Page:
Japanese car maker Mazda has this week revealed details – although no images – of its new electronic chassis system, designed to shift focus towards long-distance comfort and stability in its passenger cars, rather than outright handling.
Dubbed the ‘G-Vectoring Control’ (GVC) system, the technology is part of the company’s wider plan to reduce driver fatigue and stress in its future models.
According to the manufacturer, the GVC system uses small changes in the engine torque output to place additional weight on the front wheels, allowing the vehicle to be steered much more easily around corners and with less steering inputs.
Offering more precise steering, the system is said to provide improved ride feel and passenger comfort. It’s also claimed the system can reduce lateral forces on occupants when travelling over rough surfaces.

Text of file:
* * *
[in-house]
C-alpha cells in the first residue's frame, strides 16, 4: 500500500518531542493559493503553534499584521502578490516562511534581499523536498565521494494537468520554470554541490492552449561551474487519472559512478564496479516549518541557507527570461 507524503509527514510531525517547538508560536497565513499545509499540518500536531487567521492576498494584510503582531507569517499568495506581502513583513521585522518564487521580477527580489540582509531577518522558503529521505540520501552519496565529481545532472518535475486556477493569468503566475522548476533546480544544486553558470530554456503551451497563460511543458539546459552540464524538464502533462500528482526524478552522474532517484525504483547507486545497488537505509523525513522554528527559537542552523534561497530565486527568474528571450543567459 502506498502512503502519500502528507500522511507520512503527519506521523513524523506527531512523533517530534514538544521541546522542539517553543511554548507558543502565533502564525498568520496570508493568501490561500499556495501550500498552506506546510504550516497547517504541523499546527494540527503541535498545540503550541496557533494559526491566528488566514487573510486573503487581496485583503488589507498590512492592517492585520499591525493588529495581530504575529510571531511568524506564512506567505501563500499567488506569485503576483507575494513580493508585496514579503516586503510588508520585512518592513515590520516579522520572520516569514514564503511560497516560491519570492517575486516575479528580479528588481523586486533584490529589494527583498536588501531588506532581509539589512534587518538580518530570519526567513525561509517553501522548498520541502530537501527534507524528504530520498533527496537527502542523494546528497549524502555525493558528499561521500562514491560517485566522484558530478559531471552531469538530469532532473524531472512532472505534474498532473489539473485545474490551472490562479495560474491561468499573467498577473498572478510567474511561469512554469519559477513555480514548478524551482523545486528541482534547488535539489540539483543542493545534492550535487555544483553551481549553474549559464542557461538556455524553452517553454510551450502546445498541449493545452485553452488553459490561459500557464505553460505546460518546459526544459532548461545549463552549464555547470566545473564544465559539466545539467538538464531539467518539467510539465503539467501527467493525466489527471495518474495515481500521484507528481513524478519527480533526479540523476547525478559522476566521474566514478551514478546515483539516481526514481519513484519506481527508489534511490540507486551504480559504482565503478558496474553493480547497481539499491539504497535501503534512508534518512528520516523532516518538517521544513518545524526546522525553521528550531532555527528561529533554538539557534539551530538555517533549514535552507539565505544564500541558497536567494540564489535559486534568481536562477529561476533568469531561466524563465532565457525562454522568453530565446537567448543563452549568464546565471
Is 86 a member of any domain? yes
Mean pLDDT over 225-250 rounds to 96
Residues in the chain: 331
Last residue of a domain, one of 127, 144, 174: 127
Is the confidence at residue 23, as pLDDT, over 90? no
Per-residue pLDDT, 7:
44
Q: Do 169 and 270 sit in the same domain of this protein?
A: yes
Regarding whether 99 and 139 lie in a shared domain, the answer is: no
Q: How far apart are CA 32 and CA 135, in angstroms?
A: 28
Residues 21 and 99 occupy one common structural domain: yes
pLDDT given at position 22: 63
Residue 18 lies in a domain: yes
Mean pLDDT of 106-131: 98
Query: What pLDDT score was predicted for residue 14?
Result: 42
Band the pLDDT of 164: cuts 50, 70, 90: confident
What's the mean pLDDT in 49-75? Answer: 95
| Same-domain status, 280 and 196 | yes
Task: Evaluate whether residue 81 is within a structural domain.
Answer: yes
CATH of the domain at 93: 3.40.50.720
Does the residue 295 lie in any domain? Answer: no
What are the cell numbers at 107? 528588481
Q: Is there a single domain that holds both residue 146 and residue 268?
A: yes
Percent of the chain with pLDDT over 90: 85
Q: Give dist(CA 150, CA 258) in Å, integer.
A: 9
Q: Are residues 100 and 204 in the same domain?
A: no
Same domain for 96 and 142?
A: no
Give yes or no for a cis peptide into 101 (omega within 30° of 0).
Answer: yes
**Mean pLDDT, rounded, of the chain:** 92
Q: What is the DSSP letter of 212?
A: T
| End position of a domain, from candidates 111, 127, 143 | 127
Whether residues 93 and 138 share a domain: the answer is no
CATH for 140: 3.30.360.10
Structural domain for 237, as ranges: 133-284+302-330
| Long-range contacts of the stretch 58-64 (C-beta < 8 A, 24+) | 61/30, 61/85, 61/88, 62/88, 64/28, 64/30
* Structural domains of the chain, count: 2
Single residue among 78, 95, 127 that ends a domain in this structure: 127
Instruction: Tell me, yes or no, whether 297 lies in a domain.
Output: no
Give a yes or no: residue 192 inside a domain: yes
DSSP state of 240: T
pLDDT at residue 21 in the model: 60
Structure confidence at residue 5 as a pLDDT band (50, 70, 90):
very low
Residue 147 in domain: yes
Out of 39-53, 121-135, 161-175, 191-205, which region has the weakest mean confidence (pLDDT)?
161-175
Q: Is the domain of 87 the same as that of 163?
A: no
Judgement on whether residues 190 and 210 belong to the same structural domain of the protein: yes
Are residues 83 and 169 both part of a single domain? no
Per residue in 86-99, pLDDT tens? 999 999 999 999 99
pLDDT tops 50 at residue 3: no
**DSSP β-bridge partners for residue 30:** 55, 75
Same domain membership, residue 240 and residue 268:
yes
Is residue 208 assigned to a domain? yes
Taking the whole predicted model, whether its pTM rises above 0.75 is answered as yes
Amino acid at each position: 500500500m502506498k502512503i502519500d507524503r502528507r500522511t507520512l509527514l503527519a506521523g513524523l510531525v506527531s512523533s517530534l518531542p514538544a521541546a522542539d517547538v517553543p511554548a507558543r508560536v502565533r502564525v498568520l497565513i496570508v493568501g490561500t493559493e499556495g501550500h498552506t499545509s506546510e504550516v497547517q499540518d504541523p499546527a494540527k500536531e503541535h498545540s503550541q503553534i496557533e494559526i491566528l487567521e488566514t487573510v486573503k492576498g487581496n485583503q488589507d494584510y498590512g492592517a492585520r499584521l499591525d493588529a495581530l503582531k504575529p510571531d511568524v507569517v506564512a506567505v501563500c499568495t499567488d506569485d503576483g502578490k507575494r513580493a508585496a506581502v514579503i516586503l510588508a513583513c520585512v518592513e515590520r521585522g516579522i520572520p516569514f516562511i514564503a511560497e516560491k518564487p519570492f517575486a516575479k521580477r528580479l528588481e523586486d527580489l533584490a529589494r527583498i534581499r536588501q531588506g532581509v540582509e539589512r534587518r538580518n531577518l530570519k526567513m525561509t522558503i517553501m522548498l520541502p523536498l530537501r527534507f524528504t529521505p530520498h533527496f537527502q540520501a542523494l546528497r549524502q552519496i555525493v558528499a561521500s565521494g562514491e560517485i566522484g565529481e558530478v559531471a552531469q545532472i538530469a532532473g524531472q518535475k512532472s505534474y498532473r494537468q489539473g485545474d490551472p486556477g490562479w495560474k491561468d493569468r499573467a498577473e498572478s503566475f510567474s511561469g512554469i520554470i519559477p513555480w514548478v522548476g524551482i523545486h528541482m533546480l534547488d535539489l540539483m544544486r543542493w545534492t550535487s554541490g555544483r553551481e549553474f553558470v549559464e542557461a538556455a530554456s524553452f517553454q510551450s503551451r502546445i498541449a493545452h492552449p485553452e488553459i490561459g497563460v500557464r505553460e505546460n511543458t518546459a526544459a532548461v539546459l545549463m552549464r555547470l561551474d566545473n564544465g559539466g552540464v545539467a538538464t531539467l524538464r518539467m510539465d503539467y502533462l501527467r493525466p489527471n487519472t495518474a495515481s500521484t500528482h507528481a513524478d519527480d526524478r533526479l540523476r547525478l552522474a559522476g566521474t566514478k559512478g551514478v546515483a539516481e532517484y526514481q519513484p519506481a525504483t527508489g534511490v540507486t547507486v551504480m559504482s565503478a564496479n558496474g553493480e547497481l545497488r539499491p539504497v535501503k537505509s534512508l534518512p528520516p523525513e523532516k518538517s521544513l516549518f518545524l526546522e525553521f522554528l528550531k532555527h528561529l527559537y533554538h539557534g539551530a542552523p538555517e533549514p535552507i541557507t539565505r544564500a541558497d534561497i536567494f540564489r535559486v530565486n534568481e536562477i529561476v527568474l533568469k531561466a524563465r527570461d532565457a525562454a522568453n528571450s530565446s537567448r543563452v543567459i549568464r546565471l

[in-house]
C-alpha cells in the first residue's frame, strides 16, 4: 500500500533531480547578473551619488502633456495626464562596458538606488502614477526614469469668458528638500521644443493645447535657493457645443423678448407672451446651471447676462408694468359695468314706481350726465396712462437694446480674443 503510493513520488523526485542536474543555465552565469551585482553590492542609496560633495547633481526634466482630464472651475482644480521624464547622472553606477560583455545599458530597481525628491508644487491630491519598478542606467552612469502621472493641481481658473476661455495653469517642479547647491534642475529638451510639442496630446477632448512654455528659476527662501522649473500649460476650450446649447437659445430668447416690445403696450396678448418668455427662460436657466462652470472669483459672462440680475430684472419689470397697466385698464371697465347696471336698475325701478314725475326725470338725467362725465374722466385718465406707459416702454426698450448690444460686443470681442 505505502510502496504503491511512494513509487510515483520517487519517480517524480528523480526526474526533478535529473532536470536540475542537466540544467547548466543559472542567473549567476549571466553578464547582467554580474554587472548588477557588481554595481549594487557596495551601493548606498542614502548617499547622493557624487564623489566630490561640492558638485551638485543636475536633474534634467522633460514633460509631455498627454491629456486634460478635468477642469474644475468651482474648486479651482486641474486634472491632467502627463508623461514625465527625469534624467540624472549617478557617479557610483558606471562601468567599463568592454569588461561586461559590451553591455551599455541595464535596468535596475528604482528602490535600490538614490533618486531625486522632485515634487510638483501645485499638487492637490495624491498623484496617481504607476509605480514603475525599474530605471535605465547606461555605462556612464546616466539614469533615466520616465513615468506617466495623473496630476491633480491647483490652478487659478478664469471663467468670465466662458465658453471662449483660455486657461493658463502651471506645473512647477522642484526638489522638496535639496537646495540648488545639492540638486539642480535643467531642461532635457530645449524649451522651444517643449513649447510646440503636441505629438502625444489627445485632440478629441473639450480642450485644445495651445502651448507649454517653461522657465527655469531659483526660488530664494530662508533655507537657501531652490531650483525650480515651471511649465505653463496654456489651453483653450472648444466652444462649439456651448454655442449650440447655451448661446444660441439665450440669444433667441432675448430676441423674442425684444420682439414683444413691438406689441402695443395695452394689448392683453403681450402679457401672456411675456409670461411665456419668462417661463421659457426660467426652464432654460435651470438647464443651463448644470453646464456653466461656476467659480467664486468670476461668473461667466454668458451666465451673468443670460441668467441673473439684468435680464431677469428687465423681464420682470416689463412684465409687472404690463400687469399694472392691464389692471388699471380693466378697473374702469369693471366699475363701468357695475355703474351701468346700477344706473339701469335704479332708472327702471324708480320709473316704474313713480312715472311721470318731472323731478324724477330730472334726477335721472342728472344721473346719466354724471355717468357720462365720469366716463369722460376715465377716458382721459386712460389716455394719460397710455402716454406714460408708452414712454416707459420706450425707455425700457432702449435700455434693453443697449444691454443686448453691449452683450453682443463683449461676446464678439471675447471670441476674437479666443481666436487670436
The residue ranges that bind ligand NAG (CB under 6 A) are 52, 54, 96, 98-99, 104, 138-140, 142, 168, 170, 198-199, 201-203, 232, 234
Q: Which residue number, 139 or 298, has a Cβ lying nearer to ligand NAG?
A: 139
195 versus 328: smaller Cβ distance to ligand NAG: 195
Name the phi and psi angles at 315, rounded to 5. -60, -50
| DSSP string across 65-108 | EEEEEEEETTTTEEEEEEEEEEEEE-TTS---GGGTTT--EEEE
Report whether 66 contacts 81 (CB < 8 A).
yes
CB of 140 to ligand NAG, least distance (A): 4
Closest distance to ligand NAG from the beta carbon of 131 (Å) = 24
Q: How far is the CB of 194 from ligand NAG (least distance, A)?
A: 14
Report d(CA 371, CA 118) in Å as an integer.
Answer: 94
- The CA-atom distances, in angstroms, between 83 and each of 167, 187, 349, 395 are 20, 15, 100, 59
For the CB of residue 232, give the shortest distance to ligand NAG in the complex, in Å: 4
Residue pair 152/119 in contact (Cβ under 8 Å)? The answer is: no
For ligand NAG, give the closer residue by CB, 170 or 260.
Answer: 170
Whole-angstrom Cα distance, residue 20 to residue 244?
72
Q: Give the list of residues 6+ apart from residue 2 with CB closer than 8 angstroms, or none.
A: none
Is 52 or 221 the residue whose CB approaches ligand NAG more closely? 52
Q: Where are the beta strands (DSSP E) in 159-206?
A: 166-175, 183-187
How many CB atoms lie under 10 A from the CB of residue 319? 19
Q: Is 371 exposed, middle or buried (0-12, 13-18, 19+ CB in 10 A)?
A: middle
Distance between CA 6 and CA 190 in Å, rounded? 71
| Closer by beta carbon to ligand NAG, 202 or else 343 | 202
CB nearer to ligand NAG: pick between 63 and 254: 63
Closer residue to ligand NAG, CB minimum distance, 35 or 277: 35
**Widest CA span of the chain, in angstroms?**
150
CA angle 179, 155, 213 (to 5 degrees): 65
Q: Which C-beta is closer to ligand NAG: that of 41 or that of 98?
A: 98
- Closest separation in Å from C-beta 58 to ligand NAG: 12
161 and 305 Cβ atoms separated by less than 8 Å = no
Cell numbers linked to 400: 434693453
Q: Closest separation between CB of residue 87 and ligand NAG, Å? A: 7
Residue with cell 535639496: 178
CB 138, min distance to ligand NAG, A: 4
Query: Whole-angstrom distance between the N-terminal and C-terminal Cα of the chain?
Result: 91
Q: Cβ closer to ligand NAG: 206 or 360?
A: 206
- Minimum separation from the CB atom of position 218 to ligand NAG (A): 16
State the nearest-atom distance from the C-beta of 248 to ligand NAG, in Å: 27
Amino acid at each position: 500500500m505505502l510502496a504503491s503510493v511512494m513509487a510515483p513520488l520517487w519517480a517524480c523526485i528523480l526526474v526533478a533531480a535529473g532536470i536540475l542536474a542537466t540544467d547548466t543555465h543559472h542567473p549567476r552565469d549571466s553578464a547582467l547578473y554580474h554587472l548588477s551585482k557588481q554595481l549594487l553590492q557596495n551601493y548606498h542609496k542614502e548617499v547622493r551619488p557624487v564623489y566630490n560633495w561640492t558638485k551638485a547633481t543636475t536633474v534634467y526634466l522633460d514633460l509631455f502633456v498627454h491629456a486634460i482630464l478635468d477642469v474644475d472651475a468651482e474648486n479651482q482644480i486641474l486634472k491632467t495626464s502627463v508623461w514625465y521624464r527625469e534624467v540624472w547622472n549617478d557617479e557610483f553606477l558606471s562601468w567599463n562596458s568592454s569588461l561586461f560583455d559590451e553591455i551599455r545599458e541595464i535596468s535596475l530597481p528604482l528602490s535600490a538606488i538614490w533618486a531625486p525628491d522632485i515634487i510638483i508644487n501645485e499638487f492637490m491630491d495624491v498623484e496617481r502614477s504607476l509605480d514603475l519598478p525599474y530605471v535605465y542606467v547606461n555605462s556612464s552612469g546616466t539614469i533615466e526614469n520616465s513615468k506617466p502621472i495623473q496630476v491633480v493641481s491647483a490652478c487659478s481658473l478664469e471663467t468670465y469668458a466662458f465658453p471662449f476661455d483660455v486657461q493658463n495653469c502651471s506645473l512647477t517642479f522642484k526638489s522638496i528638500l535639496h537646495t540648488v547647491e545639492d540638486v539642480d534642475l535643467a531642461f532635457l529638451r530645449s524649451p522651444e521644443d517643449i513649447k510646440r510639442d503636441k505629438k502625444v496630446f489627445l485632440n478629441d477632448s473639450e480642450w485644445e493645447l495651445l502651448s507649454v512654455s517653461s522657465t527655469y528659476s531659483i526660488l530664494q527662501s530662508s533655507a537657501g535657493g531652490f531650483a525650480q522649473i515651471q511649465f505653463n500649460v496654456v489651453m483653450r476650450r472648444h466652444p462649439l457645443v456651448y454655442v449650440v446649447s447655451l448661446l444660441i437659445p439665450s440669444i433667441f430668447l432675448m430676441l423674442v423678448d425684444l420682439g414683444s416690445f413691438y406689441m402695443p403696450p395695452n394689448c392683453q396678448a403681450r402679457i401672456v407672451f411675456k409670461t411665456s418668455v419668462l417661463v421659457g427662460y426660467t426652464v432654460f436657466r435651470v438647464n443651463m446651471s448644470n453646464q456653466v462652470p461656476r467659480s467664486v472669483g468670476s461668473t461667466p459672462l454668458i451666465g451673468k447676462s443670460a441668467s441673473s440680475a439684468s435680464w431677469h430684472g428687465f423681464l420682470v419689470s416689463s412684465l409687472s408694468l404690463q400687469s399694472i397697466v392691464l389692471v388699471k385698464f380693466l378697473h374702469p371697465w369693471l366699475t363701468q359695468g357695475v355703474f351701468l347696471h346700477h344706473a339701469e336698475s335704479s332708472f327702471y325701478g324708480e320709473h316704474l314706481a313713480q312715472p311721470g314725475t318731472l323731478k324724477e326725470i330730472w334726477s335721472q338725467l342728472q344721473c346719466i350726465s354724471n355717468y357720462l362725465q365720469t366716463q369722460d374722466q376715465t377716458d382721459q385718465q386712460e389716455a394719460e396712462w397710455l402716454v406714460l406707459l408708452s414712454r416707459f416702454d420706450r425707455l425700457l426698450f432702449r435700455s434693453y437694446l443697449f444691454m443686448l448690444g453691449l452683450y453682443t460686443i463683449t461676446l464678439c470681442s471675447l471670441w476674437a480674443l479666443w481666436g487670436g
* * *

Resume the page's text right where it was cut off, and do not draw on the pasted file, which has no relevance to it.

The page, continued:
Mazda’s comfort-focussed vision for the future will expand to include a number of other additions set to feature in upcoming models.
Along with the new GVC system, future vehicles will also gain front seats that are designed to hold passengers more firmly and reduce pressure points on the occupant’s bodies.
Additionally, the vehicle’s driving position will focus on allowing a comfortable range of movement, along with pedal locations that Mazda engineers claim are ‘ideal’.
Citroen’s technology features an all-new hydraulic suspension system, structural improvements and bed-inspired seats, claimed to offer a ‘flying carpet’ ride.